Tuesday, November 18, 2008

A Well-Deserved and Usually Forgotten Thank You


This Saturday, there is a dinner honoring and thanking the firefighters and spouses of the Reidland-Farley fire district, and they will be presented a gift. Our church, along with all of the Reidland area churches, is helping to contribute to and support that cause.

I was a firefighter for several years, and worked in paid, paid-on-call, and volunteer capacities. I served as a dispatcher, a nozzleman, a driver/engineer, a chaplain, and as a line officer. It is hard work, it is dirty work, and it is dangerous work. I retired from the fire service in 2001.

We are very blessed to have the fire department that we have. They are well-equipped and very well trained. And I am always very quick to correct folks when they say that someone is “only” a volunteer firefighter or that their local fire department is “only a volunteer department.” In this day in age, volunteer firefighters and departments - by law - have to have the same training and certification as paid firefighters do. And, because volunteers are on call 24/7, they actually work more fires and have more experience than several career firefighters. Why do they do it? They love and care about their communities.

It takes time; time away from families, time away for leisure activities, and when duty calls, time away from things like Christmas and birthday gatherings. Nearly everyday a fire engine or ambulance drives by my office. As I glace up, I see a fire helmet and shadowbox of badges from former departments I served hanging on the wall next to the window, and I always say two prayers: I thank God that I was never seriously hurt or left my family without a husband and father, and I pray that the men and women in that fire engine or ambulance are also spared from harm.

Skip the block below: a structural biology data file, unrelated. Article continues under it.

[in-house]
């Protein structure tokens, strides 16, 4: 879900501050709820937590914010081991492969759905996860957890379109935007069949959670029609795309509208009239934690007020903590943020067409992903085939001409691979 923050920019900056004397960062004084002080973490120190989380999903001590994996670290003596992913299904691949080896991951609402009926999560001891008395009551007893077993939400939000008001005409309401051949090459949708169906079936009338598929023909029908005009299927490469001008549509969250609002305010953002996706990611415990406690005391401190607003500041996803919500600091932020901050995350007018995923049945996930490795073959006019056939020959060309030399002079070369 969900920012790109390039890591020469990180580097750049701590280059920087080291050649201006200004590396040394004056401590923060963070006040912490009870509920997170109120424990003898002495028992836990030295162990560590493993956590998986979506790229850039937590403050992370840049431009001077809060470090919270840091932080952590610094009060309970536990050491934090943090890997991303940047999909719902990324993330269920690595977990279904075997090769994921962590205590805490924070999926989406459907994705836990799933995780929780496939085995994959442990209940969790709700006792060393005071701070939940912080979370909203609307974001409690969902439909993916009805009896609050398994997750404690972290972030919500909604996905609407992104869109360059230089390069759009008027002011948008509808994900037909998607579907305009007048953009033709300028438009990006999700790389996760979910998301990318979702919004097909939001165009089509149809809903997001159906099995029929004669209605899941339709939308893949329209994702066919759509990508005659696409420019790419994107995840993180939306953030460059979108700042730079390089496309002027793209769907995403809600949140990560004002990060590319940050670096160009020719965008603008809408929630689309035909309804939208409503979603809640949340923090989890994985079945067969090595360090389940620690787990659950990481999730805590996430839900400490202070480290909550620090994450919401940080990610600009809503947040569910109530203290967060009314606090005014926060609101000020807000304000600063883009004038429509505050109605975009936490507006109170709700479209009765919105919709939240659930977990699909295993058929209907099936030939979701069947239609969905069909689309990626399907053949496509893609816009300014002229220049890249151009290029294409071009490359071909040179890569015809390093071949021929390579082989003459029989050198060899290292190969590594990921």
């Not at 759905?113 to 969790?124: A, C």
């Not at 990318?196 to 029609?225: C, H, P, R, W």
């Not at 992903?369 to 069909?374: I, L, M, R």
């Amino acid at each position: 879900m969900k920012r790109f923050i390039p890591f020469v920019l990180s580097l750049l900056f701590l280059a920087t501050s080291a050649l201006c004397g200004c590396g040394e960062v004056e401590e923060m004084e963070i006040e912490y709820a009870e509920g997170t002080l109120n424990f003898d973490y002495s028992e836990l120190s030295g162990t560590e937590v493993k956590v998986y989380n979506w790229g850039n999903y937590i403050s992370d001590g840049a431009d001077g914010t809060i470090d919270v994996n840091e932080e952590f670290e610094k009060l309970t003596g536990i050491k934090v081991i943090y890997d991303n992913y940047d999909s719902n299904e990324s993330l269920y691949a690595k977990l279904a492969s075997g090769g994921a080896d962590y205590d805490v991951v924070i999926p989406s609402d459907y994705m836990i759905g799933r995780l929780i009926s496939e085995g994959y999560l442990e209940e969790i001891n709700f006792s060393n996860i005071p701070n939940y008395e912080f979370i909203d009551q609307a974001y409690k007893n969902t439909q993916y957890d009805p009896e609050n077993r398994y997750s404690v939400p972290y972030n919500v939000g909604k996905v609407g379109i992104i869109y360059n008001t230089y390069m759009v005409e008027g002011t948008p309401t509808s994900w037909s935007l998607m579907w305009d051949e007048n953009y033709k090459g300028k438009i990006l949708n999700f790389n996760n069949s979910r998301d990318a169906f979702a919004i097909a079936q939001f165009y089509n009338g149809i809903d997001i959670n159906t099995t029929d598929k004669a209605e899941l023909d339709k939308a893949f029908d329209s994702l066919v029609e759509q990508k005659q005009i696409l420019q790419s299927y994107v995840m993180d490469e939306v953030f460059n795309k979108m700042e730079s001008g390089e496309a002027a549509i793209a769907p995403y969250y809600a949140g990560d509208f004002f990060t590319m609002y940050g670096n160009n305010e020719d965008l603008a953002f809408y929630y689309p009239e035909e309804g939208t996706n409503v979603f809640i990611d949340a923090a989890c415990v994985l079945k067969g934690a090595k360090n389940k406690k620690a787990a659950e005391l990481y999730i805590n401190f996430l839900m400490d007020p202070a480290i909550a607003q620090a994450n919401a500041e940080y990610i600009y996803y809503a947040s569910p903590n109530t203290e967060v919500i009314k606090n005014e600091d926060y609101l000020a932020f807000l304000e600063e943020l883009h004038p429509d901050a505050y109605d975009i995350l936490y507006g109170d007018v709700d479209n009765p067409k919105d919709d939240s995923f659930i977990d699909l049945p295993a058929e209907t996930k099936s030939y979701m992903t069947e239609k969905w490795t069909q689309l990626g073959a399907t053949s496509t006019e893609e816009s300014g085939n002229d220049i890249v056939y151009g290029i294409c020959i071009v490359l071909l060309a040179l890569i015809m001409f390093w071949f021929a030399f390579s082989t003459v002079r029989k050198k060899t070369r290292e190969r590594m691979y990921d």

Author Kurt Vonnegut once said, “I can’t imagine a more stirring symbol of man’s humanity to man than a fire engine.” And he once told his wife, “[A] fire engine goes by… And I give them the thumbs up.”

Next time you see a firefighter, thank God and them for their service. And whenever you see a fire engine, whether on an emergency run or not, give them the thumbs up. Pray that God keeps them safe. For all you know, they may be on their way to your house.

Pax,
Sky+

2 comments:

Rev. David Garrett said...

...and when you see a fire truck go by, get the heck out of their way, for Pete's sake!

Scott Alford said...

Thank you for your service.